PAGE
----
When you turn to the right expert for the right solution, the results can be life changing. For example, meet Dean:
Dean is the CEO and owner of a $13 million feed and supply business. When I met him, he was experiencing extreme money panic. It wasn’t that he could see his business actively failing – he was in the dark entirely.
When he tried to get clarity from his controller, he came up empty. No one had the answers he needed. Not knowing how his business was performing was eating Dean up.
Once Dean reached out for help, we gave his staff the financial systems and tools that put Dean back in the driver’s seat. Now when he reviews his numbers, he feels completely in control, because he knows what to measure and why.
With the details safely in the hands of a competent employee working within a reliable system, Dean could focus on the bottom line. And the changes were massive – indeed, his gross margin promptly improved by 15%.
The fact is, finding the hidden money in your business is about knowing where to make small adjustments. For that, you need help from someone with an outside perspective and a lot of experience.
How I Can Help
Bringing a CFO in to help dig up all that hidden profit can result in more benefits than you might expect. A consulting CFO serves as your year-round quarterback, keeping your financial management activities humming. It’s to your advantage to have someone with a great understanding of accounting fundamentals on hand to ensure you’re seeing the real financial position of your company.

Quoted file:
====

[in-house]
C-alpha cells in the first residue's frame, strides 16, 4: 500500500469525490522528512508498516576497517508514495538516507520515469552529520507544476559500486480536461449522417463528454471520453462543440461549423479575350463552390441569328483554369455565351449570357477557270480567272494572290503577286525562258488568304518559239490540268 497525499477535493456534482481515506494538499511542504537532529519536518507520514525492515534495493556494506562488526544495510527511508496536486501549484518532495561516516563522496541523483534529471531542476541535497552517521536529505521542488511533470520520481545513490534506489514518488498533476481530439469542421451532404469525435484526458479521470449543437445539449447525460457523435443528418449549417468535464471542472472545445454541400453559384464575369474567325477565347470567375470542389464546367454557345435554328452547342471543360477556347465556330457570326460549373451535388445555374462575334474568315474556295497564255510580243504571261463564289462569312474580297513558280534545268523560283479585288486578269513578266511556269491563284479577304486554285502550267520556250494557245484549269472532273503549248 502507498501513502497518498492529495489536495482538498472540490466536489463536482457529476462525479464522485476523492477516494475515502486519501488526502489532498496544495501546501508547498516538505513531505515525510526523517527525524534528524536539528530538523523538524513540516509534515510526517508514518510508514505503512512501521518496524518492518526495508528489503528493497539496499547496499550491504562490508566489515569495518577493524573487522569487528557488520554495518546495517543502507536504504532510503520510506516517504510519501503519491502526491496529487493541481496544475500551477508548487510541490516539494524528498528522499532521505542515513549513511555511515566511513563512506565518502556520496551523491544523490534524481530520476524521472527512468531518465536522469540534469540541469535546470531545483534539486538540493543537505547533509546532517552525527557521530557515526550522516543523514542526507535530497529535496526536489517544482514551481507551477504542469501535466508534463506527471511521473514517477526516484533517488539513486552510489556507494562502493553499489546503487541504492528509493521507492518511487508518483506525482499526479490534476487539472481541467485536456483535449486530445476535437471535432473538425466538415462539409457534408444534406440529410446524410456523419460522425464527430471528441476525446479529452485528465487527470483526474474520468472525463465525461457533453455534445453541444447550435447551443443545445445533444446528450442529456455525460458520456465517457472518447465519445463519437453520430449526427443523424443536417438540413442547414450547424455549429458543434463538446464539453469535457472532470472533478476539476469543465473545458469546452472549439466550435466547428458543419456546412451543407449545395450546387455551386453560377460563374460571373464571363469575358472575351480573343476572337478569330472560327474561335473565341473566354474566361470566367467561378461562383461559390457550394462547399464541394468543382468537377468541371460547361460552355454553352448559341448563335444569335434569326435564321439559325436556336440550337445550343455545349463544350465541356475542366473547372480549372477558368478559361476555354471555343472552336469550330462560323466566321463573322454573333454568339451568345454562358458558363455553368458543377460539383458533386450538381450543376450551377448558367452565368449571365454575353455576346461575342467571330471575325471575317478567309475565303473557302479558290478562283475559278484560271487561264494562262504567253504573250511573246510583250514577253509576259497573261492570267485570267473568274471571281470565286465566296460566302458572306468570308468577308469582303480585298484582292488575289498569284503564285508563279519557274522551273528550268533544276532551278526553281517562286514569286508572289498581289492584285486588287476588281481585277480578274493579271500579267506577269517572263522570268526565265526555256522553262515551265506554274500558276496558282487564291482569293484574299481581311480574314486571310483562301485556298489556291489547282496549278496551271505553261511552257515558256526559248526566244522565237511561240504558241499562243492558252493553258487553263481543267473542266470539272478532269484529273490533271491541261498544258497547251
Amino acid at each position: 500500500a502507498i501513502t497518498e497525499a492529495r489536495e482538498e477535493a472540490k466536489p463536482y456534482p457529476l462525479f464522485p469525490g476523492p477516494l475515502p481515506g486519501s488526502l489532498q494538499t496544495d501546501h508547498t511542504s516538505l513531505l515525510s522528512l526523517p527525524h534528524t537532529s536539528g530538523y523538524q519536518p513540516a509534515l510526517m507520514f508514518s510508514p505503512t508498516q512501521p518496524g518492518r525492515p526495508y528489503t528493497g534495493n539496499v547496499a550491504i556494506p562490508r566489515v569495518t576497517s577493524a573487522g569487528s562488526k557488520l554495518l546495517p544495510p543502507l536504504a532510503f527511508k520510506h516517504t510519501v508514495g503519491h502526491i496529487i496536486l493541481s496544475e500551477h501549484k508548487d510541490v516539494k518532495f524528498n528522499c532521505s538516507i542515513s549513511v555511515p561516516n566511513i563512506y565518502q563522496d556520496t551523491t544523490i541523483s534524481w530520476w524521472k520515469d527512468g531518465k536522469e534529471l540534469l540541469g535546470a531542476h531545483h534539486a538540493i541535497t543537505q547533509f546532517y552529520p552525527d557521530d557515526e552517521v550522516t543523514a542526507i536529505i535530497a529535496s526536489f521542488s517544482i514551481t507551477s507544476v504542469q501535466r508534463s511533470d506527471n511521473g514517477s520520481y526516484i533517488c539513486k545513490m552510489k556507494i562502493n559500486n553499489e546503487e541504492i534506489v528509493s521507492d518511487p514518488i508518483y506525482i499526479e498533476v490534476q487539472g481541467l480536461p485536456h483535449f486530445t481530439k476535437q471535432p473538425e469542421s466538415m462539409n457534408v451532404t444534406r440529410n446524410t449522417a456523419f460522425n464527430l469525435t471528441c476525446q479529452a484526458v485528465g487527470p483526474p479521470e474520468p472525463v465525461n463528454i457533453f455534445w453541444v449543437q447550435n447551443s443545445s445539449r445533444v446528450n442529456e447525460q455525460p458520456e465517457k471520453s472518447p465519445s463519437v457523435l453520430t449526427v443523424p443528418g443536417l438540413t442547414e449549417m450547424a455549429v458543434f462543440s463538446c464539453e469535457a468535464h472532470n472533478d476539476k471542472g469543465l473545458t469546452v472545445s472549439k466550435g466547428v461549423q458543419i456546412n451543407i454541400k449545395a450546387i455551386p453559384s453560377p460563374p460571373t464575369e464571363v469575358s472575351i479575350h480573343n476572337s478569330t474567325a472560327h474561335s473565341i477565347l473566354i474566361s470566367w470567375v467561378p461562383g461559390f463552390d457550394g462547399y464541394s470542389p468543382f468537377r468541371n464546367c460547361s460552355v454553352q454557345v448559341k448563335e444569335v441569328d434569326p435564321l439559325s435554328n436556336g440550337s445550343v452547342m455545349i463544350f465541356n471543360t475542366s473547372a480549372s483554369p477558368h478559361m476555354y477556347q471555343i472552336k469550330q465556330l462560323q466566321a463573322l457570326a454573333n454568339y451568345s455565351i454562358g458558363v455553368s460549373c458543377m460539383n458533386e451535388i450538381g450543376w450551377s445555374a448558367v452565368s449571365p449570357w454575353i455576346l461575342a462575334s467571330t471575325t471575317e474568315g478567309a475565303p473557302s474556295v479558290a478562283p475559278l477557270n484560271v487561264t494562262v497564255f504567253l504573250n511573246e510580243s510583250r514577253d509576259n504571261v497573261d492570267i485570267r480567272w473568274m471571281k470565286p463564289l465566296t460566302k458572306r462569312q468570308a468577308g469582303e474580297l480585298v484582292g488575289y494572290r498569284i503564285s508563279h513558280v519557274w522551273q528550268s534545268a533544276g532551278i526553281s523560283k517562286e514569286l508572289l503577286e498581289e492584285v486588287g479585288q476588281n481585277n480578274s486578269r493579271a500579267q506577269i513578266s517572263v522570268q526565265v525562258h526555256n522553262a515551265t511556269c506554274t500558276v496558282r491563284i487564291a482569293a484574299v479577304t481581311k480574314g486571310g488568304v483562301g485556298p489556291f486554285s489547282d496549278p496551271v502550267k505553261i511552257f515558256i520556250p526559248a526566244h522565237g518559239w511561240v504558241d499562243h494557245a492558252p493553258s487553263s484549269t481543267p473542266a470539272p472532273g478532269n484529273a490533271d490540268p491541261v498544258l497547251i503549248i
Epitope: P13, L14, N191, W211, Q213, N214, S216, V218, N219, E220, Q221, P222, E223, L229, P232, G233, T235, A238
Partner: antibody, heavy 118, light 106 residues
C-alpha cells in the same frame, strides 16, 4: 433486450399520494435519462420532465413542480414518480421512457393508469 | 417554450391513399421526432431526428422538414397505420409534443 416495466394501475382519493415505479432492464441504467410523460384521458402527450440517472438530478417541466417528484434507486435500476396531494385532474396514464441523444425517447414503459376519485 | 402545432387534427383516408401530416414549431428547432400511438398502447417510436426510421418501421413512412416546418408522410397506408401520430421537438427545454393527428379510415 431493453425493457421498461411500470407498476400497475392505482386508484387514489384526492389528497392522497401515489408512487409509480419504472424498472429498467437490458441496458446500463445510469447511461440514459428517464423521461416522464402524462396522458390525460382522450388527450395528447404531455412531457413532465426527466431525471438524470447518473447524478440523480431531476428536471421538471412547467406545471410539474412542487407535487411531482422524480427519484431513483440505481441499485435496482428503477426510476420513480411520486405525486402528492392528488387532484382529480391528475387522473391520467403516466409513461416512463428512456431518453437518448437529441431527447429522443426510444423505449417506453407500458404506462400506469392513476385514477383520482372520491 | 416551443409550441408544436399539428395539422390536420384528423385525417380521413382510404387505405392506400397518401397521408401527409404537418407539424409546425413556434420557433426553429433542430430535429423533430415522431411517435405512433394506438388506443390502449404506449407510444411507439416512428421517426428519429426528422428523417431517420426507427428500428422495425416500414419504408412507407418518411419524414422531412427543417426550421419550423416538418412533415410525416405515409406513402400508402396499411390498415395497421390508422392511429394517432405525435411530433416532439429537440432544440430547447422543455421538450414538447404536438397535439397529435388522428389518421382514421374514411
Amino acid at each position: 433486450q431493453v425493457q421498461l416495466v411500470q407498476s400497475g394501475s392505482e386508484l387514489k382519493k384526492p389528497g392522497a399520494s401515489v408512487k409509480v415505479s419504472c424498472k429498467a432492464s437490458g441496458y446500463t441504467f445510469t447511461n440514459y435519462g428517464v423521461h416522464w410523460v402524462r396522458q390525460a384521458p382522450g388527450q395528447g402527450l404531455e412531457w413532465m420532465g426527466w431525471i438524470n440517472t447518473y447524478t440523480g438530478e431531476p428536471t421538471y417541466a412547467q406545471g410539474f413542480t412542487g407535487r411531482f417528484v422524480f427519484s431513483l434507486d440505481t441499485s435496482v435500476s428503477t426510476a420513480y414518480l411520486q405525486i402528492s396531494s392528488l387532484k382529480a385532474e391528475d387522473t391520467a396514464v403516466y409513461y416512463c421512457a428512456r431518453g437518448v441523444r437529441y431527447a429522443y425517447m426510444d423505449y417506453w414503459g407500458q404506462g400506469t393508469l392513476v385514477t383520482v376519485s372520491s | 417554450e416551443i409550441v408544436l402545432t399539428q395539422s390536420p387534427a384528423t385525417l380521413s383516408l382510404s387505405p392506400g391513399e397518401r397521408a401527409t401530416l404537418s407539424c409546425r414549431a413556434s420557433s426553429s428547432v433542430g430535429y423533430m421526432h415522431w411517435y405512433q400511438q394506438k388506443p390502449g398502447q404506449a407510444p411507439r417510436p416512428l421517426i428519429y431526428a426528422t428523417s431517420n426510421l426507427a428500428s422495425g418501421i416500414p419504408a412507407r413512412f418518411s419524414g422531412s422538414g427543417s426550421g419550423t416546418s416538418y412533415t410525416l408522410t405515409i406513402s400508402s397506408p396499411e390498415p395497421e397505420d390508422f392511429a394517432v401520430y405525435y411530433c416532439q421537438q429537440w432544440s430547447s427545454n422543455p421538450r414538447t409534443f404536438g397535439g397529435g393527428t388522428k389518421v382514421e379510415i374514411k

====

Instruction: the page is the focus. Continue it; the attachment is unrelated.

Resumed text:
You don’t have to settle for lack of clarity or unanswered questions. Besides finding the money you’ve been missing, a CFO can help you:
• Save the money you already have – A consulting CFO uses a fraction of the time an on-staff CFO works. Keep in mind, on-staff CFO’s can run from $200,000-$500,000. A fractional CFO allows you a high-caliber professional at a third of the cost.
• Gain flexibility – A fractional arrangement allows you to tailor your CFO’s services to your business’s needs. And as your needs change, you can adjust the level of service you receive. You may need the CFO more while you’re establishing controls and creating systems and scale back after, or transition to strategic planning or larger projects.
• Access more experience and skill – A fractional CFO generally comes to you with much more experience and skill than you can afford in a full-time employee. You’ll have access to the training, perspective, contacts and know-how of a professional with many years of experience, but at the cost you would pay for a full-time bookkeeper or brand-new accountant.
• See your business from an independent perspective – As CEO of your company, the one thing you need in a CFO is someone who can see what is happening, tell you the brutal truth and what to do about it.
• Get solutions faster:
An outside CFO has likely seen the same problem you’re facing many times before. They come ready to solve problems and get you results quickly.
This is exactly what I do – I step in to help frustrated business owners achieve clarity, take back control and tame the chaos, and find the profits they’ve been missing. If you’re tired of being in the dark about your company’s financial position and you’re ready to find the thousands of dollars hiding in your business, let’s talk.